Expats thinking of a move to Qatar should brace themselves for the country’s extreme heat. Its desert climate creates unbearable peak temperatures that mean new arrivals have to be wary of health-related issues, including heat exhaustion and sunstroke.
The weather in Qatar is characterised by abundant sunshine and little rainfall. Rain appears in short bursts during winter (December to February) and rarely totals more than three inches a year.
The brief transitional seasons are by far the most pleasant. Spring (March to May) and autumn (October to November) bring temperatures of around 63°F (17°C) with low levels of humidity.
Conversely, Qatar's long summers (May to September) can reach 122°F (50°C), but generally average around 106°F (41°C), while humidity can rise to 90 percent at times.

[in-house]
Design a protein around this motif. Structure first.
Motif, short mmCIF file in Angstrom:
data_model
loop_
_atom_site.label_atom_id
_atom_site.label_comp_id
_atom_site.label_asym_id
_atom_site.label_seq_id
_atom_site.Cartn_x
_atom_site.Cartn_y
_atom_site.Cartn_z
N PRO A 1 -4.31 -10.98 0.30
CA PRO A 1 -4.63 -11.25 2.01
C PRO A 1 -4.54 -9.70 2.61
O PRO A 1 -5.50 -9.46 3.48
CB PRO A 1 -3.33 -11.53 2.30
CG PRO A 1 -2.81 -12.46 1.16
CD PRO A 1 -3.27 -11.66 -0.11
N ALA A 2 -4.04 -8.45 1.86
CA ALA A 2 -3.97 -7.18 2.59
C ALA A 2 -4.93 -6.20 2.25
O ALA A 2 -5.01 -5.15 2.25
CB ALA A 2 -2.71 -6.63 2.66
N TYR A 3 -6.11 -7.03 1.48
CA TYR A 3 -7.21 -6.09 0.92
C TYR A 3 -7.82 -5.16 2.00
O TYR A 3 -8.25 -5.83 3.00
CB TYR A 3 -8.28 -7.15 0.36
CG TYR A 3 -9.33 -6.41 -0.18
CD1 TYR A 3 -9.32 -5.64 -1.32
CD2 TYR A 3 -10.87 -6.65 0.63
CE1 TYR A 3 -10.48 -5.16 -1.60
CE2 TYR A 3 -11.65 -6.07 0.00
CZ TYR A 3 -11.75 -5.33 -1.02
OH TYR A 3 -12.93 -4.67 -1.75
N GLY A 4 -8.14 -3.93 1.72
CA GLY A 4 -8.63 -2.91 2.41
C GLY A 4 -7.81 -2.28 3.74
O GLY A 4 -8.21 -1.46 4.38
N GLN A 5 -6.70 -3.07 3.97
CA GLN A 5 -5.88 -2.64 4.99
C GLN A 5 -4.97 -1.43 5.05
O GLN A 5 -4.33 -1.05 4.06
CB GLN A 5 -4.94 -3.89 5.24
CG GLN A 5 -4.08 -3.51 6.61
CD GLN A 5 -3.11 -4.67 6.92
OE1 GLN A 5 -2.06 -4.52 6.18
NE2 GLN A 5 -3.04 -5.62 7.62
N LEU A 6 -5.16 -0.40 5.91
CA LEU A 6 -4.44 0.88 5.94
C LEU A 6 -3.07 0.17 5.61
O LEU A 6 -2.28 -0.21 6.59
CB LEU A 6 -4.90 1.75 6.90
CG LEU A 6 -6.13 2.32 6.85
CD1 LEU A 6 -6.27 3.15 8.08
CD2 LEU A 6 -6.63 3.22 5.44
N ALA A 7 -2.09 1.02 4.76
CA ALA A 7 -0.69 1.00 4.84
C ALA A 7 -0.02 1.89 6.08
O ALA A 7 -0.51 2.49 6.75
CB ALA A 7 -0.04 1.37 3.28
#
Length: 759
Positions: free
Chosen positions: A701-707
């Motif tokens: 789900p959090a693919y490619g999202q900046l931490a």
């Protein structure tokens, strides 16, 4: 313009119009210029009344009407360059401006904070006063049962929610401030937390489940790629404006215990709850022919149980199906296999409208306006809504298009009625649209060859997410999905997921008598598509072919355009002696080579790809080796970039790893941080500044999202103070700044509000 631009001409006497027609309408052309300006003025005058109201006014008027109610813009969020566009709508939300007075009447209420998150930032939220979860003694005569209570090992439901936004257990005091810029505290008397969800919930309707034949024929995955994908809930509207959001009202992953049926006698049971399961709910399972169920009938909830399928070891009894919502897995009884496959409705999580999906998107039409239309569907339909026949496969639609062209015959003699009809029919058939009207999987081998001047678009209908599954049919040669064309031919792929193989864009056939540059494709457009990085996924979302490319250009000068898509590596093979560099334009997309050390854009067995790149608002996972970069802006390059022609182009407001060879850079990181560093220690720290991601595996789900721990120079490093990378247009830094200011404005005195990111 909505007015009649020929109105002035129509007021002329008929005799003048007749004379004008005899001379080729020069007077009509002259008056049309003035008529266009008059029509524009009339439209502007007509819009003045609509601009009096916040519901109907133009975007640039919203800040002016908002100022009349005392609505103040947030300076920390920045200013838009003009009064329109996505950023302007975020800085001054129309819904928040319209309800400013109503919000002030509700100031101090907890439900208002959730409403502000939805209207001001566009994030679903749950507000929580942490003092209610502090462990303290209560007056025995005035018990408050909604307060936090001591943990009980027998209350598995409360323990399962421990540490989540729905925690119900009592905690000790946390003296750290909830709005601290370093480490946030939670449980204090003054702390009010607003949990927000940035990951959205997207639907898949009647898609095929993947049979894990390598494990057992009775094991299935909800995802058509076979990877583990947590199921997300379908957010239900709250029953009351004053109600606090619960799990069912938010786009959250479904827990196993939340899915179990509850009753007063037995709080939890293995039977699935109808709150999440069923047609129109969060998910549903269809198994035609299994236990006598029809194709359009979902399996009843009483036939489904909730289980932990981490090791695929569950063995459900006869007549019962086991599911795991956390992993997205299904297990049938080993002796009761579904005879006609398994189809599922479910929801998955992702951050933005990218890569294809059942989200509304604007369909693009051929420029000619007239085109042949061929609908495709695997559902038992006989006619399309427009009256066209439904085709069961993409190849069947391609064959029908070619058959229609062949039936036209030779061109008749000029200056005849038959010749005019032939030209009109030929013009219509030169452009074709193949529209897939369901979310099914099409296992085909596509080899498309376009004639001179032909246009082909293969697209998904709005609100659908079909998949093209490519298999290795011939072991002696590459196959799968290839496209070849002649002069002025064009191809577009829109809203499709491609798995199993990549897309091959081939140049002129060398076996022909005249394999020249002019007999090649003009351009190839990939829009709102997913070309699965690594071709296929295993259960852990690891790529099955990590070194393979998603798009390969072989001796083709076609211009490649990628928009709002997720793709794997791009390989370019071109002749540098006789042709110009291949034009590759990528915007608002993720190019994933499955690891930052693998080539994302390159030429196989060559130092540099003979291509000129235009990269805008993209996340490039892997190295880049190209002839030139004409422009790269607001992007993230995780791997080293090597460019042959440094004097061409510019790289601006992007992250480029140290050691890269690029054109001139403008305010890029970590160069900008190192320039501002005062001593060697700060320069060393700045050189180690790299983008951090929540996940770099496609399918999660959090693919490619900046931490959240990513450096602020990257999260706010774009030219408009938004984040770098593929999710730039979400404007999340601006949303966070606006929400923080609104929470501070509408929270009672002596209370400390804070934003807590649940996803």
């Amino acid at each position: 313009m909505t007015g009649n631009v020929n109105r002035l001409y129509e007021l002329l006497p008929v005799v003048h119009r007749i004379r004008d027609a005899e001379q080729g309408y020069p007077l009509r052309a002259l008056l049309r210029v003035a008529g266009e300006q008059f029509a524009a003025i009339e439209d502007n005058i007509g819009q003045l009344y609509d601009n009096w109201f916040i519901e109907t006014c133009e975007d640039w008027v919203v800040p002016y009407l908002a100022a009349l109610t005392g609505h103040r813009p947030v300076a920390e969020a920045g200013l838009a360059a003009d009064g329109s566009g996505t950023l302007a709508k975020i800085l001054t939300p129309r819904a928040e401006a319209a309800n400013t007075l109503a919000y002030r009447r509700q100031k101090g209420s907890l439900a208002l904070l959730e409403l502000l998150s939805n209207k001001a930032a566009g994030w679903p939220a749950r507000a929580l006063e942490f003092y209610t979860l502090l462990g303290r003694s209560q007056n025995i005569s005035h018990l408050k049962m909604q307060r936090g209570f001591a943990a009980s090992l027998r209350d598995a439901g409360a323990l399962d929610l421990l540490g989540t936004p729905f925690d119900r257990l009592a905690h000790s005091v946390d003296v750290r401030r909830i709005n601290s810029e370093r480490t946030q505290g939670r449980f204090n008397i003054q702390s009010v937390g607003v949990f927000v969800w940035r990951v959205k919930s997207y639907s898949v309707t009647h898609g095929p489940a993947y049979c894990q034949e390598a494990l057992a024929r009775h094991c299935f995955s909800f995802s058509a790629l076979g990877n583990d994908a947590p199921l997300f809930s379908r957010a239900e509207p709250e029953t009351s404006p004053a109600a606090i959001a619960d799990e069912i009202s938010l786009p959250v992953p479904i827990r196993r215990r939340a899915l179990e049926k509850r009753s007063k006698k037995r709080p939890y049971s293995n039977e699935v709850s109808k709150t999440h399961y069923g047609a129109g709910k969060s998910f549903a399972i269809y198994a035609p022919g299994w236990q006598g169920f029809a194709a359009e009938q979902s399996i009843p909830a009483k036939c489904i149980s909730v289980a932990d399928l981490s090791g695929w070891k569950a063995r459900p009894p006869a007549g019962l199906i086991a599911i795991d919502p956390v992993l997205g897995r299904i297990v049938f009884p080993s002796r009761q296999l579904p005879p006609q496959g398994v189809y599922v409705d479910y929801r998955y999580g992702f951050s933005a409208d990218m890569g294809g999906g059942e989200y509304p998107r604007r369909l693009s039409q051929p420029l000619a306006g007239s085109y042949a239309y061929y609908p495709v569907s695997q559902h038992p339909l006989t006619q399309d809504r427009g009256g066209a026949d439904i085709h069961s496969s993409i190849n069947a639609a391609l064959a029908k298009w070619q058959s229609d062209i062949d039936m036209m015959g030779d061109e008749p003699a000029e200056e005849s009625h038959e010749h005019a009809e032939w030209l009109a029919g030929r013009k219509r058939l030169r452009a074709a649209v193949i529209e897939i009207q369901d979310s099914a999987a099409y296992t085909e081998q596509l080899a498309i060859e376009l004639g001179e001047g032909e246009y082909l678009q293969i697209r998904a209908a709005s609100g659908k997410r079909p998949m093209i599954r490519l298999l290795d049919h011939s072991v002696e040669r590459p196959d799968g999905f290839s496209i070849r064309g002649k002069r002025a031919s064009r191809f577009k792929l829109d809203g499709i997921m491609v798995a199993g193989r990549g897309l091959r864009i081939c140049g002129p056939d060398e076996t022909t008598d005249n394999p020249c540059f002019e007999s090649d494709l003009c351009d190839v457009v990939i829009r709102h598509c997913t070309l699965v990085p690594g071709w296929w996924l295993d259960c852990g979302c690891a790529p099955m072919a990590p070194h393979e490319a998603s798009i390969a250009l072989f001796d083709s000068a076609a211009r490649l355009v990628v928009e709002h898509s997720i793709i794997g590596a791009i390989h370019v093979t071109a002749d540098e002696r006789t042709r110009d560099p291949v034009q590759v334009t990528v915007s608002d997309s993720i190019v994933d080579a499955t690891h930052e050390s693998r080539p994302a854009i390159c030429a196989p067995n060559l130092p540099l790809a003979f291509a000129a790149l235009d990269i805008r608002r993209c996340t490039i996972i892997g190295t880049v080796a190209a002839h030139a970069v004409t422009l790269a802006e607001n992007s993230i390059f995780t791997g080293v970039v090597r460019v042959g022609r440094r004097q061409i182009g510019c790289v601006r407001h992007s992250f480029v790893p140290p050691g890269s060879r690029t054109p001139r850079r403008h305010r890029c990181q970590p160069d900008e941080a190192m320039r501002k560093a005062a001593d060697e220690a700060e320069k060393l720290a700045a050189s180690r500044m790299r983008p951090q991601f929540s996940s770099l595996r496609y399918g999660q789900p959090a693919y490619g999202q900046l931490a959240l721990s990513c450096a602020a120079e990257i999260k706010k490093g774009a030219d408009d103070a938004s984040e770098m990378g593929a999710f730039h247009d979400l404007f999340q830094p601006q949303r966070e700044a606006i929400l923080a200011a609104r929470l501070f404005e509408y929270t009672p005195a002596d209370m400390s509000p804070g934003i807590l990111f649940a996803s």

Most expats vacate the country during the hottest months of June, July and August. Planning a holiday during this period is highly recommended. Otherwise, expats will have to learn to adapt to the weather in Qatar. We recommend they wear a hat, sunglasses and sunscreen at all times when outdoors; organise outdoor activities for the early morning and late evening; park cars in shaded areas and use a protective screen; and remember to drink plenty of fluids.
Winter is generally mild, but occasionally the desert gets chilly. Qatar homes are ill-equipped to provide heat, which can also be unpleasant and cold.
On the other hand, air-conditioning is the norm and, without it, the weather in Qatar during the hotter months would get the best of residents. With this in mind, expats should have a light sweater on hand for when indoors.